The group paid its dues. From a meager beginning playing free concerts, be-ins, and various freebie affairs, the group graduated to local engagements where their following increased with each performance. After success at the regional levels, the groups then performed at the national level.

During the height of their popularity, the group entered a "Battle of the Bands" contest sponsored jointly by the prestigious Billboard Magazine and the Tea Council of America. The contest received 15,000 entries from new talent and bands across the United States. BIG CITY just missed the top six, coming in seventh. Remarkable, considering they did it on their own with little help from the media. To be ranked in the top 1/2 of 1% of all entries in the United States was no small accomplishment.

BIG CITY "came of age" at the Harrisburg Rock Festival, a marathon festival attended by over 20,000 music devotees. To quote editor Tom Hagan writing an editorial critique: "By far the biggest ovation with to Big City Music Band who played twice before a wildly enthusiastic crowd and who, in addition, received a standing ovation and an unprecedented encore." With a total of twenty acts on the billing, this had to be a turning point in their career".

Other successes followed quickly- New Jersey Rock Festival and Moorestown Rock Festival: "After a few minutes of horn blasts and guitar scales, BIG CITY was tuned, and they tore into their first number with an exciting mixture of hard rock and liberal jazz improvisations. The momentum grew; kids got up to their seats to dance. The group had them singing. One group jumped on stage to sing; everyone was clapping and stamping their feet. Audience and performer all became one huge group." The audience personally became involved emotionally with BIG CITY'S music performance. The good vibes came off long and strong.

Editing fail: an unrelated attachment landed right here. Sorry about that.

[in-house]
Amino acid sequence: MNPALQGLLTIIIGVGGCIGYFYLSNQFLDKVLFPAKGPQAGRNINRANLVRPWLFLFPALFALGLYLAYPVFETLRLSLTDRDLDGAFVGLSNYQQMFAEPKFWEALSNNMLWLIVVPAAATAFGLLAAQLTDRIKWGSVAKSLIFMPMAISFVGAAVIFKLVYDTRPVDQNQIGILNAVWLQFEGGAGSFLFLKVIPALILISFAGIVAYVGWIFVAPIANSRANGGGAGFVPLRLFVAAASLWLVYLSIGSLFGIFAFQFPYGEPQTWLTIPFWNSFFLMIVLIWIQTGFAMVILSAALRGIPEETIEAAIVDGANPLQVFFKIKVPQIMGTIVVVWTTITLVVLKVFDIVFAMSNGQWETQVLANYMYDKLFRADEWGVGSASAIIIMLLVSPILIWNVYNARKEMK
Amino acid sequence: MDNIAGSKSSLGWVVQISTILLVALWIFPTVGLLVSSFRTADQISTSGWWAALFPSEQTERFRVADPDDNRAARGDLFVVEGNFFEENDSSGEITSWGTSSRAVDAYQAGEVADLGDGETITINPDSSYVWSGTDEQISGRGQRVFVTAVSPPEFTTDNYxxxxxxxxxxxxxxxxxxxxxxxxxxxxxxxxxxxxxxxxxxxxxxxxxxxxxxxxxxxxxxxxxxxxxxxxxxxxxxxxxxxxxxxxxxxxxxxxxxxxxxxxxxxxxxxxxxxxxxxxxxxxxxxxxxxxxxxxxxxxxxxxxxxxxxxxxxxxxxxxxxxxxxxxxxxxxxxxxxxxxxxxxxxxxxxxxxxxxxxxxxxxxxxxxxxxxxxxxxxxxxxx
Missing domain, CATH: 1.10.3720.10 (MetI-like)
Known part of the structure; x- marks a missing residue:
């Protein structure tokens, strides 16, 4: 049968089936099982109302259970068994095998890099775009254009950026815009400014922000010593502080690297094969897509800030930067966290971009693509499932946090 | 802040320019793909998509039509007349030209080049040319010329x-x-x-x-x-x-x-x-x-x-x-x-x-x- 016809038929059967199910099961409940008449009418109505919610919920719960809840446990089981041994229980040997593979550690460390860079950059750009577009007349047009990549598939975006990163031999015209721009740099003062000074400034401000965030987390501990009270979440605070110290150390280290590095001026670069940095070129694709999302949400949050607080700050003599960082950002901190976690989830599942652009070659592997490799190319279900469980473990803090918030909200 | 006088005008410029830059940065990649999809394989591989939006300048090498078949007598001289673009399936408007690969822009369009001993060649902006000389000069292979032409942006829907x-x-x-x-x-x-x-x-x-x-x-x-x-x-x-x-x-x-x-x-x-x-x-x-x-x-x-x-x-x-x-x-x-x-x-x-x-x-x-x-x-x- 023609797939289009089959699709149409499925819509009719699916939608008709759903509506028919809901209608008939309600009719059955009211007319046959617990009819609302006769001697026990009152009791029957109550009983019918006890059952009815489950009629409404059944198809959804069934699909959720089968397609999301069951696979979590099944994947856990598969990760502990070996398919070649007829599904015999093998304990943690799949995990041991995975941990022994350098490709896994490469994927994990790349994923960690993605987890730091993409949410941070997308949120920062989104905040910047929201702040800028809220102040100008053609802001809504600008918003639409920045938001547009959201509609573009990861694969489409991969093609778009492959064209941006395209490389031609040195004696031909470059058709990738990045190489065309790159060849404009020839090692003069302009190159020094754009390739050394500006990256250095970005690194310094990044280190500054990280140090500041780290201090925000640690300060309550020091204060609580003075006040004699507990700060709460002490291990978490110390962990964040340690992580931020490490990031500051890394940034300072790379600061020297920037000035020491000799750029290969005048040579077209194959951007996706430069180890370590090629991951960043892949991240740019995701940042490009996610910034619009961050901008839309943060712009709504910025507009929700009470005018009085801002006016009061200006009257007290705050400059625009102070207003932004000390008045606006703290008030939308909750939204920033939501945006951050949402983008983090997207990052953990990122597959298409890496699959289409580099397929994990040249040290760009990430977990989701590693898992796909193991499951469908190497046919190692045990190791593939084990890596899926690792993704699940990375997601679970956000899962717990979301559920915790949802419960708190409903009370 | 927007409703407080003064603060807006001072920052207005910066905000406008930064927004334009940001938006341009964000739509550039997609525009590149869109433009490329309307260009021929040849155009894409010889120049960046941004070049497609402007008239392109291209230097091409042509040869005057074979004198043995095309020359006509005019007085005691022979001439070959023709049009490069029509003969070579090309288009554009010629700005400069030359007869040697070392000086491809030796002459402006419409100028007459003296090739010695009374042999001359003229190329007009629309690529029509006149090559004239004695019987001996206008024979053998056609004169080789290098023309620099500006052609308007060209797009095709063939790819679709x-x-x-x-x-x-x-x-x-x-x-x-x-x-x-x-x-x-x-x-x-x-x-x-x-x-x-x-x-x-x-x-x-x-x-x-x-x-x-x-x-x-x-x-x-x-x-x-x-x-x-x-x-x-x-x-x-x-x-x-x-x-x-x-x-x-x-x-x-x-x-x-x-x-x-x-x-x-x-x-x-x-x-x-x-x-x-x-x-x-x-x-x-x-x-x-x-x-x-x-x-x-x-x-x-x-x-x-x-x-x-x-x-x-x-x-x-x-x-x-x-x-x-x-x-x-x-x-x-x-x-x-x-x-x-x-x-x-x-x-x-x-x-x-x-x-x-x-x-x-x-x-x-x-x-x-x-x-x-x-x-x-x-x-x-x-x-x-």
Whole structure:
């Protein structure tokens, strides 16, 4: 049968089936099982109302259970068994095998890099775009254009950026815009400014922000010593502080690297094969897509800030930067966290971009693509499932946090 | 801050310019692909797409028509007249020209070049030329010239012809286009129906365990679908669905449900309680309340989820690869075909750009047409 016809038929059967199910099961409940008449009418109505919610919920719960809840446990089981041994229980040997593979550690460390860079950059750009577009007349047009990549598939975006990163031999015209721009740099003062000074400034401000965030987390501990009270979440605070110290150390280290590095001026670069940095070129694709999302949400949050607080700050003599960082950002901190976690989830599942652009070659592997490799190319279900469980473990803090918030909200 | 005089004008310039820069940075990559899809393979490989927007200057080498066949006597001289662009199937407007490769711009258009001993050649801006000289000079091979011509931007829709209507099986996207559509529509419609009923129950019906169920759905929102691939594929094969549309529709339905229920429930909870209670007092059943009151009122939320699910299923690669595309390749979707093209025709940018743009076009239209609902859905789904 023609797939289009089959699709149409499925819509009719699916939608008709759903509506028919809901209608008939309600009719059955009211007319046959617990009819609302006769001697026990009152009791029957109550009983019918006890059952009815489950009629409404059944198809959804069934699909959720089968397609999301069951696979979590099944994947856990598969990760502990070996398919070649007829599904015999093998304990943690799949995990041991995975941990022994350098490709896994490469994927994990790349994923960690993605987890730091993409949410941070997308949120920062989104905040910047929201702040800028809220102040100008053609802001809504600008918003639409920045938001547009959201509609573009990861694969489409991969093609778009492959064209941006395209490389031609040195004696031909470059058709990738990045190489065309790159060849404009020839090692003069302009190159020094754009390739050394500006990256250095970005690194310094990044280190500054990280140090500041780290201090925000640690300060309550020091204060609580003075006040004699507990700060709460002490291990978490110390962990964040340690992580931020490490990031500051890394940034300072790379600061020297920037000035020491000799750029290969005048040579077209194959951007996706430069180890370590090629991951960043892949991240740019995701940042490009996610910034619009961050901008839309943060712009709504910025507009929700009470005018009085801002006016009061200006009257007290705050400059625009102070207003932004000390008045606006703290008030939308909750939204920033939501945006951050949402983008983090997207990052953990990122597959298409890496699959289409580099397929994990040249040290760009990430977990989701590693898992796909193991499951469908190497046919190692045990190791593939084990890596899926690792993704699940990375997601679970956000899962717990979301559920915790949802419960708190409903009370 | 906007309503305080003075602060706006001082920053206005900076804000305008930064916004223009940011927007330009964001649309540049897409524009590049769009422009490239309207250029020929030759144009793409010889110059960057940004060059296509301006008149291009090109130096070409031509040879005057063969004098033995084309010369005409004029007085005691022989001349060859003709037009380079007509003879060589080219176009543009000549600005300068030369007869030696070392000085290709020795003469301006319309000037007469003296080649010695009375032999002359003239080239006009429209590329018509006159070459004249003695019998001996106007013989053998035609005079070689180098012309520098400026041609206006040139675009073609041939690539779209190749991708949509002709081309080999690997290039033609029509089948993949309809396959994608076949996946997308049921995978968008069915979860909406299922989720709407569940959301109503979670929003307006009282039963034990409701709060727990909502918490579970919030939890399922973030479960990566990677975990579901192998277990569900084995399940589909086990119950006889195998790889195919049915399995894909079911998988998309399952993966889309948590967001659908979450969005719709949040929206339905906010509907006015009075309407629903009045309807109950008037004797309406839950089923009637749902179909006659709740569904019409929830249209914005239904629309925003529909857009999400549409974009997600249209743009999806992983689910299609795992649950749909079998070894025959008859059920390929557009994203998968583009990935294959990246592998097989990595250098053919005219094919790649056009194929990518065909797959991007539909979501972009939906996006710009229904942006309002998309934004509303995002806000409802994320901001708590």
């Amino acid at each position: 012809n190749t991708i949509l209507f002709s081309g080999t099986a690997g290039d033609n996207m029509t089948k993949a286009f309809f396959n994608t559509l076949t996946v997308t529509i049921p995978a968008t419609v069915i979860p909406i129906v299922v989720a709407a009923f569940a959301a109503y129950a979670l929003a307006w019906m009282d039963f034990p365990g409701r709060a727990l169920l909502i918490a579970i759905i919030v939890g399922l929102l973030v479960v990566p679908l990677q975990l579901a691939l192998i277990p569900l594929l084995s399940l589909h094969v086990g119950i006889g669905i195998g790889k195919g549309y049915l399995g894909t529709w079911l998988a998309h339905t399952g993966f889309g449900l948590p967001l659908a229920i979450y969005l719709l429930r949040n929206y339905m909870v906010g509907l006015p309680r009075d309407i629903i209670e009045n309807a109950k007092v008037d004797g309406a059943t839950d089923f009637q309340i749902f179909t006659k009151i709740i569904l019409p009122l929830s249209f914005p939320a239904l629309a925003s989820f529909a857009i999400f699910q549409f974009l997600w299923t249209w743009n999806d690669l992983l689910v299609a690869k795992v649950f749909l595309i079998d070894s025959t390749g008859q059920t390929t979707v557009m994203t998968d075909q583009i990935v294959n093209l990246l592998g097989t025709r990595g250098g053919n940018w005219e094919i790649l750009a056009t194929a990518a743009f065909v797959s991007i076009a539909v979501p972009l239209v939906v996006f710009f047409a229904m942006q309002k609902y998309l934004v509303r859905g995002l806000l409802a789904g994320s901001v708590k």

BIG CITY negotiated with a number of record companies for release of their independently produced album. The group, through their manager, Rudy Blomstrom, arranged to have the talented, young producer, Charlie Lagond of Eastman School of Music, listen to the group in a private audition. Lagond, a top-ranked jazz and pop musician and arranger, immediately saw the group and began to write material for the album.

Trying not to be influenced by the other trendy sounds around them, the groups sound evolved like an insect going through its embryonic stages of development- from a few, small, simple chords to the addition of words, the wearing of the melody line, embellishment with brass and woodwinds, the right coloration of synthesizers, wind chimes, choral effect- a full grown, beautiful work of art. Since the group had total control over each recording session, mixing and mastering, the album was not what some sound engineer thought the group should sound like, but was the true sound of the group as it existed.

The album was typical of BIG CITY- ahead of its time. They used methods and innovations rarely used by the run of-the-mill rock groups. The mood of their album was a throwback to honesty in preparation, pride in craftsmanship, and a study in good taste. They displayed true artistry for all to hear. And when they said all, they meant all, for the album covered all the musical tastes of an audience. Driving solid rock, jazz improvisations, a tinge of country and western, reflections of contemporary thought, big band rock, and moods of pure relaxation. Truly and album- something for everyone.